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Vandana R. Singh

By Eoin Cofler
Puffin, London, 2004, pp. 292 each, £2.99

By Samit Basu
Puffin Books, New Delhi, 2004, pp. 512, Rs. 250.00

VOLUME XXIX NUMBER 11 November 2005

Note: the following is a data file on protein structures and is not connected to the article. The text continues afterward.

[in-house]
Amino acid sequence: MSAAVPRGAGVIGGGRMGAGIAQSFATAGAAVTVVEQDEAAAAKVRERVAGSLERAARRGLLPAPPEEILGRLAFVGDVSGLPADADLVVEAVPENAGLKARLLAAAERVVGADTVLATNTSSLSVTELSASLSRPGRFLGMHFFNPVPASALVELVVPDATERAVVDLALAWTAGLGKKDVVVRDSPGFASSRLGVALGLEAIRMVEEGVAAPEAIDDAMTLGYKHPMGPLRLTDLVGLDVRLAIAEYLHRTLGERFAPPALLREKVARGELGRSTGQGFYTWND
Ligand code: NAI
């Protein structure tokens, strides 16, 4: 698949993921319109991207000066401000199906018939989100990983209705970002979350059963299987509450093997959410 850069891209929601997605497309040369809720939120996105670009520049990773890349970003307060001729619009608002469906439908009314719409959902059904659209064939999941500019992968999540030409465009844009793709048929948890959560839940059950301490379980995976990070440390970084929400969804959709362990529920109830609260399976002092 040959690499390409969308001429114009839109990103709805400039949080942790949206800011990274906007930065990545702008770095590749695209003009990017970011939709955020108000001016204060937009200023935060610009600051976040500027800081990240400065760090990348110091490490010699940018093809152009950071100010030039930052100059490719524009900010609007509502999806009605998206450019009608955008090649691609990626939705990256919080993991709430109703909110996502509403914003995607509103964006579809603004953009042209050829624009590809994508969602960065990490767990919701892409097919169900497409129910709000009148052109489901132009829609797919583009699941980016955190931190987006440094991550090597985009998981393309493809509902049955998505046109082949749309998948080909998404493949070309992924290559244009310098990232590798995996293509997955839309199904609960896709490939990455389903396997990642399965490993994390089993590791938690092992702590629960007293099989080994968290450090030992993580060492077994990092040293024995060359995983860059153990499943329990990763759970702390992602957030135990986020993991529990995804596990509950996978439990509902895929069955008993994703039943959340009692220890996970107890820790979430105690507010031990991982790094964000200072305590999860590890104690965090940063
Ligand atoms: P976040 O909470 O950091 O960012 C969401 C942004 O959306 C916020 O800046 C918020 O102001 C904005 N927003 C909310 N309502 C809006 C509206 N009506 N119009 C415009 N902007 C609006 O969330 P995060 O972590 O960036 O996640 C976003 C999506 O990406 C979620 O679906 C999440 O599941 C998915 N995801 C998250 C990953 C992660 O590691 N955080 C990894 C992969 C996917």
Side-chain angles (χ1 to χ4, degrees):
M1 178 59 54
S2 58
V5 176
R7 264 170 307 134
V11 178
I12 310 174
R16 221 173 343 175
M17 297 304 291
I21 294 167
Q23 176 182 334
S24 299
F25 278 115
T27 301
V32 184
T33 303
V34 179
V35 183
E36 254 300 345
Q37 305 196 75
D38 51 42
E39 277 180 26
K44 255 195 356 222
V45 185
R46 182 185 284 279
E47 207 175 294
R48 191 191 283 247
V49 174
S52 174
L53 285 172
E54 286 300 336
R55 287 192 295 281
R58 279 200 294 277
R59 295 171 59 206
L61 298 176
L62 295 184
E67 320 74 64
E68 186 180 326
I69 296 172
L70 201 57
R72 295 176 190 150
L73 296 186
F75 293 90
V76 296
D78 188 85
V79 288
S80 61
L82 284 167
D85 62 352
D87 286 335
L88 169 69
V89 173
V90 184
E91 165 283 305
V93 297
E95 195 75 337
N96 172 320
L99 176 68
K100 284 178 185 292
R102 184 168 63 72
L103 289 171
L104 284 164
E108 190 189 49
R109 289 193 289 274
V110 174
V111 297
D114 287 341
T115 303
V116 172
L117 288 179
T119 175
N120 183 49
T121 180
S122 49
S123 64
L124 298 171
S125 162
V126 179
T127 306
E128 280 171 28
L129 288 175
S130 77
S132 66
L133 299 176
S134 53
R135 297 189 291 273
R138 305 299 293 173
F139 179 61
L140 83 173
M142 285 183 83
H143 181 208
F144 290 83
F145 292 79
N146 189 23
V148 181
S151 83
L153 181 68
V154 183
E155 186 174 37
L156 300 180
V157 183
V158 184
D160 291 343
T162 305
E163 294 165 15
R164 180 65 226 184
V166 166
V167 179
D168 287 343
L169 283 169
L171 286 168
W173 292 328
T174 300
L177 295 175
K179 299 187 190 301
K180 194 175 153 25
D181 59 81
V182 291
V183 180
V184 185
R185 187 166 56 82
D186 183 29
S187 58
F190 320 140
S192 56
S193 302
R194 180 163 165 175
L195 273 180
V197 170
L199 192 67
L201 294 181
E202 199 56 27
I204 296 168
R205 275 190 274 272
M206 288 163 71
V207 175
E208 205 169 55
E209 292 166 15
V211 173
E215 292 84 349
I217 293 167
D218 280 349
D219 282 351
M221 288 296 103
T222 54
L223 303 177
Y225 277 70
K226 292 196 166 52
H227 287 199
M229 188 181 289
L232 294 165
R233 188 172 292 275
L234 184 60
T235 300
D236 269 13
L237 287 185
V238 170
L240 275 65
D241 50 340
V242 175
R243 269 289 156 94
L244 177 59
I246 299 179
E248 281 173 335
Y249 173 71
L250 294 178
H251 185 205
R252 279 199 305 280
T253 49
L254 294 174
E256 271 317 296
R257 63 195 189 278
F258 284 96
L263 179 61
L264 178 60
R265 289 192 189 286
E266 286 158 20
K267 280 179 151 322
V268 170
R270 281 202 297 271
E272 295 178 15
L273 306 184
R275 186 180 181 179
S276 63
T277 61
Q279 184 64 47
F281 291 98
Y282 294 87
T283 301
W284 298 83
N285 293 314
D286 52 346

One of the wonderful things about the Harry Potter phenomenon is that it helped the world wake up to something we insiders had always known: the wild and endlessly delightful world of imaginative literature. To those of us who grew up on Ursula K. Le Guin, Arthur C Clarke, J. R. R. Tolkien and the like, the Harry Potter books were a welcome addition to a beloved genre, fitting in happily with Diana Wynne Jones and Jane Yolen, but with their own variations on the theme. But also, the Phenomenon opened a wide window in the wall that normally separates the ghetto of imaginative literature from its ultra-respectable cousin, mainstream realist fiction. The Mundanes on the other side of the wall actually peered in and showed some interest.   The Phenomenon has given rise to many an imitative attempt that we could have done without, but it has also created room for an explosion of imagination amongst writers of fantasy and science fiction, who are now (if they are any good) assured of a large audience. Among the new and unique voices is that of Eoin Colfer, whose Artemis Fowl books are amongst the most popular currently being published in the genre. I began by reading the last book in the series, The Opal Deception, and followed it up with an unrelated book by Colfer called The Supernaturalist.   Despite not having met the main character, a teenage boy with the unlikely name of Artemis Fowl, in earlier books, I was immediately drawn into the world of the story. A pixie lies in a coma in a world that lies deep under our own, a world populated by fairies, elves, dwarves and the like. None of these characters are cutesy; the pixie is evil incarnate, placed in protective custody by the fairies, some of the elves are unpleasant and the dwarves have disgusting personal hygiene. Above this world, modern human society pursues its course in its usual oblivious manner, and among the few humans who know about the hidden world below is our hero, Artemis. He is a criminal mastermind (but not evil) — he puts his brain to various illegal tasks for the pleasure of it, and for greed. Like most products of urban culture, he’s the ultimate consumerist, wanting more toys, power and valuable things. Imagine a spoiled, ambitious, brilliant kid who can get whatever he wants through his brains ...

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